The current Friendly Friday challenge theme is ‘Close ups and Macros.’ See more responses here. Here’s a selection of some little creatures up close and personal.
I often see fiery skipper butterflies on what I know as ice plants. I thought the different color flowers were just variations within the plant but, while they’re members of the same family (Aizoaceae), they’re different plants. At the top is an Aptenia haeckeliana with its yellow flower. To the left is an Aptenia cordifolia with a magenta flower.
It’s a different butterfly on the two flowers, but both are fiery skippers.
I found this black witch moth on the lawn and took the opportunity to get a few photos of its gorgeous patterns and coloring.
A mango beetle checks out a bright orange Kou (Cordia subcordata) flower.
I was doing some cleanup work outside, when I noticed this bug on my hand. I headed in to where my camera was and the bug stayed in place the whole way. I got the camera organized and took a few photos before it finally flew off.
I knew I’d seen one of these before, but couldn’t remember where or what it was. A quick search revealed that this is a whitecrossed seed bug (Neacoryphus bicrucis), a resident of fields and meadows.
My previous sighting had occurred after a hike on Mauna Loa. It was on a water bottle I’d left in the cooler in my truck while I hiked. I suspect that one had inadvertently taken a day trip with me and was probably stunned to find itself at 11,000 feet, surrounded by barren lava!
A while back I posted a photo (here) of one of the heavily-laden tangerine trees in the yard. I noted that in my eight years living here I’d never seen a flower on the tree despite its prolific production of fruit.
However, last week, when I was up on a ladder harvesting the last of the current crop of fruit, I finally saw the flowers in the top photo. Then, when I’d knocked the last of the fruit down, I saw (bottom photo) one tangerine had a bit of branch still attached which bore, not only a flower, but also a leaf bearing a cluster of butterfly eggs.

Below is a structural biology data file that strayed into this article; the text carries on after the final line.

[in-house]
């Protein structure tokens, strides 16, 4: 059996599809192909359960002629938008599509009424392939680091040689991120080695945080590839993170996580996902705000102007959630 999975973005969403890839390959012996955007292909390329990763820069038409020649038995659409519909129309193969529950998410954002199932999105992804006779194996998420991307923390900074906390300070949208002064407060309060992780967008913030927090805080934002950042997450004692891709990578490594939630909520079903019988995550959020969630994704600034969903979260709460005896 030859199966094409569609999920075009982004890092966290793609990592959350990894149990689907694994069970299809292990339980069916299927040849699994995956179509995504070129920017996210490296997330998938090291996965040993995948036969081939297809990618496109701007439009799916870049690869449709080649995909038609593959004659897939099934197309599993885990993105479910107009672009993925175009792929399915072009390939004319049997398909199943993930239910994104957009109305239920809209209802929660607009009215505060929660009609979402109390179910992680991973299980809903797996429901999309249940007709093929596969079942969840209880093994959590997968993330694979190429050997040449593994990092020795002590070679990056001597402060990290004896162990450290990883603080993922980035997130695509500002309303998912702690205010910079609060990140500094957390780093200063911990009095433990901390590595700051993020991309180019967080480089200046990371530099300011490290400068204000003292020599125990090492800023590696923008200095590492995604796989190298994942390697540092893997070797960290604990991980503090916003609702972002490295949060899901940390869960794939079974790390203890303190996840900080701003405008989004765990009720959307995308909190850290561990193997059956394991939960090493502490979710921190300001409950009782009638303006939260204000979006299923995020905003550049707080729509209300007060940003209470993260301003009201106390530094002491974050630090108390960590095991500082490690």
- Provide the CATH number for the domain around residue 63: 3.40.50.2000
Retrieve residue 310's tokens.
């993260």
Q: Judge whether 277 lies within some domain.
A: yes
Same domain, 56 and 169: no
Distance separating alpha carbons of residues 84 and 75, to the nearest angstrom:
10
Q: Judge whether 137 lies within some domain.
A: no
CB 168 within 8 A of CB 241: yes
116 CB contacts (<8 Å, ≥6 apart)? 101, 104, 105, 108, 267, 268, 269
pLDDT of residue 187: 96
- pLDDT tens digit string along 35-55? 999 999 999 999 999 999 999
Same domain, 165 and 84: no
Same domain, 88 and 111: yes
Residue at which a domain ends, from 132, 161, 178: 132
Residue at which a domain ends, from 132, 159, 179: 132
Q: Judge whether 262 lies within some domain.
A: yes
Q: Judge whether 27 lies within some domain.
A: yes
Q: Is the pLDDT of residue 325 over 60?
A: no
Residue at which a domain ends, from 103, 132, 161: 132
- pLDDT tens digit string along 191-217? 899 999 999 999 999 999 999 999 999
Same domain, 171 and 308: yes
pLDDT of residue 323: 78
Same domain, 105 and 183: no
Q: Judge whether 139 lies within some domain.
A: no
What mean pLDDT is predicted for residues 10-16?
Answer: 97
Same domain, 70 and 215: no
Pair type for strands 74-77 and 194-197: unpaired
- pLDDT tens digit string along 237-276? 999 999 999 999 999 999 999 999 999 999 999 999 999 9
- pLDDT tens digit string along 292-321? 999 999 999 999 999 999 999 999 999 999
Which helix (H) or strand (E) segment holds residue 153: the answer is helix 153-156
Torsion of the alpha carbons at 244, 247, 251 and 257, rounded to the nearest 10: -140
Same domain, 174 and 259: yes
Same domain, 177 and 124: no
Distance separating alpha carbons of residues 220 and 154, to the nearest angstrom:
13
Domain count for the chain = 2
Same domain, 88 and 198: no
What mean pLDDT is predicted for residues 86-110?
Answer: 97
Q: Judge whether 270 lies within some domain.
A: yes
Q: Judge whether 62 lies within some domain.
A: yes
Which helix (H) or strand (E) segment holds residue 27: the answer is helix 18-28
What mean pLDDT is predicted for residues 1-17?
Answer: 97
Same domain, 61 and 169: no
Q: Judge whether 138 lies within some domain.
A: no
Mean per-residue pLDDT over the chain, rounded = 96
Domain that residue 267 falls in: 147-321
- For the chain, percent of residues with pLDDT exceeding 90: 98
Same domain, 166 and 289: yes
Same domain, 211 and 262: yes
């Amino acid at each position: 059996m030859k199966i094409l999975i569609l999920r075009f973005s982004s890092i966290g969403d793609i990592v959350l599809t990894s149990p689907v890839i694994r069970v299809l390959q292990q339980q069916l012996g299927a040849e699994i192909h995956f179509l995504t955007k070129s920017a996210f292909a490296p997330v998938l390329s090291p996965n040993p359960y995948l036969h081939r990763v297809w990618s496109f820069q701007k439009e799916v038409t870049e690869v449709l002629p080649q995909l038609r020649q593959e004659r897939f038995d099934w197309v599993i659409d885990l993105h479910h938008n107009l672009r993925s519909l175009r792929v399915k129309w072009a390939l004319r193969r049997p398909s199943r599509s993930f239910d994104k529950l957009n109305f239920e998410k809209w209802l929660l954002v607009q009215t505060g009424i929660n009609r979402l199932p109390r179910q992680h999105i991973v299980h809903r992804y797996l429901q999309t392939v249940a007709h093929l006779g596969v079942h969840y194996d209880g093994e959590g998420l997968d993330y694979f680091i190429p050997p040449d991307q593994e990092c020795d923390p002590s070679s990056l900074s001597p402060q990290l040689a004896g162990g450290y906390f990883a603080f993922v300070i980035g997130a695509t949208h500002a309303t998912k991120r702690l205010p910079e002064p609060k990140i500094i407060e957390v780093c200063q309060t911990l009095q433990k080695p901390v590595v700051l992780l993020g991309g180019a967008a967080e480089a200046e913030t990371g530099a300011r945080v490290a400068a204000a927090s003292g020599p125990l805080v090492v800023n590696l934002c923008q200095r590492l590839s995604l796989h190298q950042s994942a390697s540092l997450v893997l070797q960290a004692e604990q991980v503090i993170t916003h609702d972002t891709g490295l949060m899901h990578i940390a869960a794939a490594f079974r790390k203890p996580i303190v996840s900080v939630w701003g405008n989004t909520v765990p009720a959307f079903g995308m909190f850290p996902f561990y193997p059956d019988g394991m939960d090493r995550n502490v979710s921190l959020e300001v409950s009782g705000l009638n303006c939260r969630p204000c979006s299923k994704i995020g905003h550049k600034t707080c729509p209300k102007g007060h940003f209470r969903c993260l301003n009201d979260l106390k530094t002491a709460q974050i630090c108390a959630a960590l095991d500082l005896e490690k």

I still don’t know how I’ve missed seeing these flowers before. They’re small, but not minuscule, and they have a lovely scent. While I wouldn’t expect to see flowers on higher branches, the lowest branches are at eye level and below. And I still haven’t seen bees and butterflies around the trees, though the eggs clearly show they do visit.
This cabbage butterfly was enjoying a feed on a tree heliotrope, apparently unaware that company was imminent.
This week’s Sunday Stills challenge theme is ‘Summer Bugs.’ (See more responses here.) To the best of my knowledge, Hawaii’s bugs are pretty much the same year-round. Here are some of them.
The top photo shows a bee showing impressive balance on a maiapilo flower.
Next up, clockwise from top left: Getting down to eye level with a juvenile praying mantis. A painted lady butterfly on a kiawe tree. A katydid wondering what it’s done to deserve this much attention. A seven-spotted lady beetle being watched.
The final gallery: Top left: A mango flower beetle explores a spider lily. Top right: A watchful cane spider wondering if it should run, very fast, away. Bottom left: A Hawaiian carpenter ant (Camponotus variegatus), one of too many that have taken up residence in the house. Bottom right: A rusty millipede deciding that it’s all too much!